Ali converted to Islam and took a new name that means “beloved of Allah.” His spiritual journey took him from the radical black nationalism of Malcom X (he said that he never believed that white men were devils), then to orthodox Sunni Islam, and finally to the peace-loving Sufis. His favorite author was the Indian Sufi Hazrat Inayat Khan, who founded the Sufi Order of the West and who believed in the unity of all religions.
Ali of course took umbrage at Donald Trump’s call for banning Muslims from entering the U. S.: “I am a Muslim, and there is nothing Islamic about killing innocent people in Paris, San Bernardino, or anywhere else in the world. True Muslims know the ruthless violence of so-called Islamic Jihadists goes against the very tenets of our religion.”
Back in early December President Obama mentioned in passing “sporting heroes” who were Muslims. Donald Trump tweeted: “What sport is he talking about, and who?” In addition to Ali, there are of course boxers Mike Tyson and Bernard Hopkins. Three of the top ten scorers in NBA history are Muslims: Kareem Abdul-Jabbar, Shaquille O’Neal, and Hakeem Olajuwon. Denver Bronco star Aqib Talib is a Muslim, and so is Muhammad Wilkerson of the New York Jets. Once again Trump puts his small foot in his big mouth.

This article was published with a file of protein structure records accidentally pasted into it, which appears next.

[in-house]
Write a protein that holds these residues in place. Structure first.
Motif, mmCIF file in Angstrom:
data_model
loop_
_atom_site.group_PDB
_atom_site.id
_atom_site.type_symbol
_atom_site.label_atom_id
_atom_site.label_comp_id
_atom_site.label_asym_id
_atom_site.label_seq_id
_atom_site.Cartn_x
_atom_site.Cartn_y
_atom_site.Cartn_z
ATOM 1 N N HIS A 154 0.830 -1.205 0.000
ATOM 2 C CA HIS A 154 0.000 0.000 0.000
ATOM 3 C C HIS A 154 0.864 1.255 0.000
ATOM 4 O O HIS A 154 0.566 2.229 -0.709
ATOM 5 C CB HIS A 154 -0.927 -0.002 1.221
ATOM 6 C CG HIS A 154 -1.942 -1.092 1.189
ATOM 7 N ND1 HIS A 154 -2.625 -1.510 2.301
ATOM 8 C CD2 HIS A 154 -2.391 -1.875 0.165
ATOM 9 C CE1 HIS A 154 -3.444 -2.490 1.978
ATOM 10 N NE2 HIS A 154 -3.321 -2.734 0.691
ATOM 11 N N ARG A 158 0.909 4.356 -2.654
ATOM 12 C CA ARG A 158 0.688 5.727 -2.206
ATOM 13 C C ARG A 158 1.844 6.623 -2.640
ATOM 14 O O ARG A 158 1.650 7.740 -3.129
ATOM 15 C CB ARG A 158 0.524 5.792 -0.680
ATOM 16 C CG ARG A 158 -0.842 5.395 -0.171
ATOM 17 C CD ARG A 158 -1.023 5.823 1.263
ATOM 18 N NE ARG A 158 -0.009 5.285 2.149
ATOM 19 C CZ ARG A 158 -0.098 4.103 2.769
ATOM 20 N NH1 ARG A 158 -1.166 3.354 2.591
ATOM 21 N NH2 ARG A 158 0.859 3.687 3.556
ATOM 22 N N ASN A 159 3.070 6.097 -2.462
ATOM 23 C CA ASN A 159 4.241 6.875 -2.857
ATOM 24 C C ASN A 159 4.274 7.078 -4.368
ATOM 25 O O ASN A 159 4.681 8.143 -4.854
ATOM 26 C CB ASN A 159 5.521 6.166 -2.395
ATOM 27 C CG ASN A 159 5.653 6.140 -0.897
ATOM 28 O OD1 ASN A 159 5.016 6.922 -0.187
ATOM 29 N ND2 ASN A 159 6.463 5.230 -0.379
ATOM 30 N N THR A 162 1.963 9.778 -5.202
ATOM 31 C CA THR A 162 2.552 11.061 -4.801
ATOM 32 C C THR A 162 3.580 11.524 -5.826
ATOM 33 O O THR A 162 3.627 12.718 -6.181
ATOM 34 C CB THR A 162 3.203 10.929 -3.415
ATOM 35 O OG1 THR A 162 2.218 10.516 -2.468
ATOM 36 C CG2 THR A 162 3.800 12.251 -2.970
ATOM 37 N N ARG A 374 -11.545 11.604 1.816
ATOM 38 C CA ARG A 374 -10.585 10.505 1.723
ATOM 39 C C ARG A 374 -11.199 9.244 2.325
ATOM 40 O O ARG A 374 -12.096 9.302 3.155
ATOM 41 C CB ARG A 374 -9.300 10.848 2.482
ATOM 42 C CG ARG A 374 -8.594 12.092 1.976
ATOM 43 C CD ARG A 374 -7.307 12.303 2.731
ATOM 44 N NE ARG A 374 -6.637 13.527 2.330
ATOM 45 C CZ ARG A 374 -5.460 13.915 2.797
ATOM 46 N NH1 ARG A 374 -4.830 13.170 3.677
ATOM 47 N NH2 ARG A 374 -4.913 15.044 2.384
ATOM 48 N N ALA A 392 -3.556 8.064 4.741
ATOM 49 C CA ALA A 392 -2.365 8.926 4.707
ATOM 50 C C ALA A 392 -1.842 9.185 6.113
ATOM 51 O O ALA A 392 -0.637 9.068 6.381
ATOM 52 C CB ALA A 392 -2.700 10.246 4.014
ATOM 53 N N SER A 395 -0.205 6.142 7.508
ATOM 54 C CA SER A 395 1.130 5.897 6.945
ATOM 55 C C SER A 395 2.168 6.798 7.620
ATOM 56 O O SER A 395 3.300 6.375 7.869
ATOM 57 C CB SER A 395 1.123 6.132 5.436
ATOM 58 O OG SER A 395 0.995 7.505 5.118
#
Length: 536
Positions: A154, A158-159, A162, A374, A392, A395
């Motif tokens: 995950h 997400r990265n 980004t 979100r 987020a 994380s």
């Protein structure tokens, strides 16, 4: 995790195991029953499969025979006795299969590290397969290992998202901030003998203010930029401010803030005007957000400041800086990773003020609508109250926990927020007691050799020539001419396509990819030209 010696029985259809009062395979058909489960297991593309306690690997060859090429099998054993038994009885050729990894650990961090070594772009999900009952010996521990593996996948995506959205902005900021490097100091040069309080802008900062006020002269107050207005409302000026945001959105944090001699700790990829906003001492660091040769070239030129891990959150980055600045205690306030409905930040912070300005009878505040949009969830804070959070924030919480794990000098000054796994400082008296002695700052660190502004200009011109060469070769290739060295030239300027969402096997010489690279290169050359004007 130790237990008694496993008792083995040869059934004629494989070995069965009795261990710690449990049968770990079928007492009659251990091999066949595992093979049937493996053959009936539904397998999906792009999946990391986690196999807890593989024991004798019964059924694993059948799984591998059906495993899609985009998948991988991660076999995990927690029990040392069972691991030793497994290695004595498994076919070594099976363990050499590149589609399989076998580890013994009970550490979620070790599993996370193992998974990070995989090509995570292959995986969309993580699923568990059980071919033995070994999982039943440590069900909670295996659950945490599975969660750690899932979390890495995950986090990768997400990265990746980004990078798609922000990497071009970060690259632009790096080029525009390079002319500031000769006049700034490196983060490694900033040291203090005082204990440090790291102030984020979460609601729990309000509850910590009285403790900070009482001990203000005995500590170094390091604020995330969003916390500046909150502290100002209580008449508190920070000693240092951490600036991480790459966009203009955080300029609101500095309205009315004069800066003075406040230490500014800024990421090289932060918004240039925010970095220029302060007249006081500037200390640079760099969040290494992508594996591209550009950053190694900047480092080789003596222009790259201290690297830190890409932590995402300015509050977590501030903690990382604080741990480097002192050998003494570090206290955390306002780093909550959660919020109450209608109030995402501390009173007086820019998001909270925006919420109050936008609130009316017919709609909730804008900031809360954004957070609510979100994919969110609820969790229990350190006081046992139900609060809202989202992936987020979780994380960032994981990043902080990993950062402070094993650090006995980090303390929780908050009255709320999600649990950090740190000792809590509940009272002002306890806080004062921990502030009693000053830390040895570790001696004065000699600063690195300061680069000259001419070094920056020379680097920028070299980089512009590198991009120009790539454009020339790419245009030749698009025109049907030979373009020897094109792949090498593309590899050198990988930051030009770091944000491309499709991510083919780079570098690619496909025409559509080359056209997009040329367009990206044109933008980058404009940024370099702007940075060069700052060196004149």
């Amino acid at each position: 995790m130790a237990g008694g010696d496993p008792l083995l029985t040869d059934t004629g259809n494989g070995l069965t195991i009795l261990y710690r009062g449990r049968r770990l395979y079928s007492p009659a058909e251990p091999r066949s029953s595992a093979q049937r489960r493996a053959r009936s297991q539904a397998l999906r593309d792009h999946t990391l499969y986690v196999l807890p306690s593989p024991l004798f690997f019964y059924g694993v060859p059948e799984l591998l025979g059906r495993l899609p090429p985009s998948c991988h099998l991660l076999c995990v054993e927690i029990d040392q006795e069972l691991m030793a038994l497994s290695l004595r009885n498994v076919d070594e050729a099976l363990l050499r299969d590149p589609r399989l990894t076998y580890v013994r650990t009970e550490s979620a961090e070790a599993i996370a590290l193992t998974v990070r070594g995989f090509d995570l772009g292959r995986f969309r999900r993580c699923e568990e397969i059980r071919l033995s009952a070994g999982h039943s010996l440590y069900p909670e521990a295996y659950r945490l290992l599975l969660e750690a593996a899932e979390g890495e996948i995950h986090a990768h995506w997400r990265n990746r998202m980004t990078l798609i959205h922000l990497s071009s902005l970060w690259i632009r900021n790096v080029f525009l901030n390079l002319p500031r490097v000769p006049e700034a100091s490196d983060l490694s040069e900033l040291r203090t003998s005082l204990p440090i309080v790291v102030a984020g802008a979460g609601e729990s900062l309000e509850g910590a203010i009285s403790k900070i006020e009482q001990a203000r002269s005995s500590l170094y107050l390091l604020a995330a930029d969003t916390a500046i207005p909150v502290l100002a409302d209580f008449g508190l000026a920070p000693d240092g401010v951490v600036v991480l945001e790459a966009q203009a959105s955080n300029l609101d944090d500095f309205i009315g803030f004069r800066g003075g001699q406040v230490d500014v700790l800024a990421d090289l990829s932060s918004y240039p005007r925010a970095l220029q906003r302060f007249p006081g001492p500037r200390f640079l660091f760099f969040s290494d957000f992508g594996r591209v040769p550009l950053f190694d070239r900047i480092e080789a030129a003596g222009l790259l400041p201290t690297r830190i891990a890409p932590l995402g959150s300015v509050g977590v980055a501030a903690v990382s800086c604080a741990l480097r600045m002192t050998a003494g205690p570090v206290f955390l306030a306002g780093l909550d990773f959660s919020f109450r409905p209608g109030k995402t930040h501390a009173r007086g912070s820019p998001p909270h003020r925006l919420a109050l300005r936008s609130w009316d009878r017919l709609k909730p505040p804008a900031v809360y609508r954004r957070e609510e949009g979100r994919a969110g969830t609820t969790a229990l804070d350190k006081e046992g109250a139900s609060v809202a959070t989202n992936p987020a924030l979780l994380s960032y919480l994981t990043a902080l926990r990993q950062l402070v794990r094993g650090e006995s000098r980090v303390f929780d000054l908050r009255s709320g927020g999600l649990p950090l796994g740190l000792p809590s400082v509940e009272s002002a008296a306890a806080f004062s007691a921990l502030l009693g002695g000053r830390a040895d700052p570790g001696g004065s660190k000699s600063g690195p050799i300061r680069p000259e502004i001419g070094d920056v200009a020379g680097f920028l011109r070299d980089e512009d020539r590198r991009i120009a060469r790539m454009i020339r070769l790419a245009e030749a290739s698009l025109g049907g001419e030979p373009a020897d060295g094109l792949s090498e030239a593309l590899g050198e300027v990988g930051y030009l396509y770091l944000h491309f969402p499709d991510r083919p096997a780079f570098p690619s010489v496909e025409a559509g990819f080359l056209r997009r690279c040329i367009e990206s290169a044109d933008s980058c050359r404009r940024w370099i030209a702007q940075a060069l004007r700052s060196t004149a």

UN Messenger of Peace
The Muslim world honored Ali and the United Nations made him “A Messenger of Peace.” The king of Muslim Jordan and the president of Muslim Turkey were present at his funeral. In 1979, at the beginning of the Iranian hostage crisis, Ali offered himself as a replacement for Americans held in Tehran, but the Iranians refused.
In 1985 Ali was successful bringing back four Americans held in Beirut, Lebanon. In 1990, six weeks before Saddam Hussein invaded Kuwait, Ali traveled to Baghdad and secured the release of 15 American hostages. Hostage Harry Brill-Edwards said: “I’ve always known that Muhammad Ali was a super sportsman; but during those hours that we were together, inside that enormous body I saw an angel.”